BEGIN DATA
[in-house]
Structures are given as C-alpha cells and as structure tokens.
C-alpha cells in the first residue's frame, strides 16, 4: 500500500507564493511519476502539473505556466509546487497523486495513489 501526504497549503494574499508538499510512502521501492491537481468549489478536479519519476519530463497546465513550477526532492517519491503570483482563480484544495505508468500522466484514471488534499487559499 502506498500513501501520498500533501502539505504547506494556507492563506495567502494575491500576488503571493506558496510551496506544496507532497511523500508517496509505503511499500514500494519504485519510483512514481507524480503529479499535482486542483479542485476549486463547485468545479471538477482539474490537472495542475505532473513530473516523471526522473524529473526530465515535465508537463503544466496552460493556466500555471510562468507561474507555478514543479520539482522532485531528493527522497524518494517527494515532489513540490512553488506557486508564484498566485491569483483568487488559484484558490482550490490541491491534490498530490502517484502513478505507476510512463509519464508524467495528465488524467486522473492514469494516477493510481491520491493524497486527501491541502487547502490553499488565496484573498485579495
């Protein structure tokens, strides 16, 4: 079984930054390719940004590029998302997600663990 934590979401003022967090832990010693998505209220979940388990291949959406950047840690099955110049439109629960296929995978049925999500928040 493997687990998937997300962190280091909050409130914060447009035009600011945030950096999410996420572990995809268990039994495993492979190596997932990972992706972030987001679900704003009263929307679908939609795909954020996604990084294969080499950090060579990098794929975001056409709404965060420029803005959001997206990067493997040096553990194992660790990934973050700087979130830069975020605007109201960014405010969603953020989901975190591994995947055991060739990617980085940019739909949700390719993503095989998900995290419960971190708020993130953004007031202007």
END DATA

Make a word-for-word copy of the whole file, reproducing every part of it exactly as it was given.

[in-house]
Structures are given as C-alpha cells and as structure tokens.
C-alpha cells in the first residue's frame, strides 16, 4: 500500500507564493511519476502539473505556466509546487497523486495513489 501526504497549503494574499508538499510512502521501492491537481468549489478536479519519476519530463497546465513550477526532492517519491503570483482563480484544495505508468500522466484514471488534499487559499 502506498500513501501520498500533501502539505504547506494556507492563506495567502494575491500576488503571493506558496510551496506544496507532497511523500508517496509505503511499500514500494519504485519510483512514481507524480503529479499535482486542483479542485476549486463547485468545479471538477482539474490537472495542475505532473513530473516523471526522473524529473526530465515535465508537463503544466496552460493556466500555471510562468507561474507555478514543479520539482522532485531528493527522497524518494517527494515532489513540490512553488506557486508564484498566485491569483483568487488559484484558490482550490490541491491534490498530490502517484502513478505507476510512463509519464508524467495528465488524467486522473492514469494516477493510481491520491493524497486527501491541502487547502490553499488565496484573498485579495
């Protein structure tokens, strides 16, 4: 079984930054390719940004590029998302997600663990 934590979401003022967090832990010693998505209220979940388990291949959406950047840690099955110049439109629960296929995978049925999500928040 493997687990998937997300962190280091909050409130914060447009035009600011945030950096999410996420572990995809268990039994495993492979190596997932990972992706972030987001679900704003009263929307679908939609795909954020996604990084294969080499950090060579990098794929975001056409709404965060420029803005959001997206990067493997040096553990194992660790990934973050700087979130830069975020605007109201960014405010969603953020989901975190591994995947055991060739990617980085940019739909949700390719993503095989998900995290419960971190708020993130953004007031202007």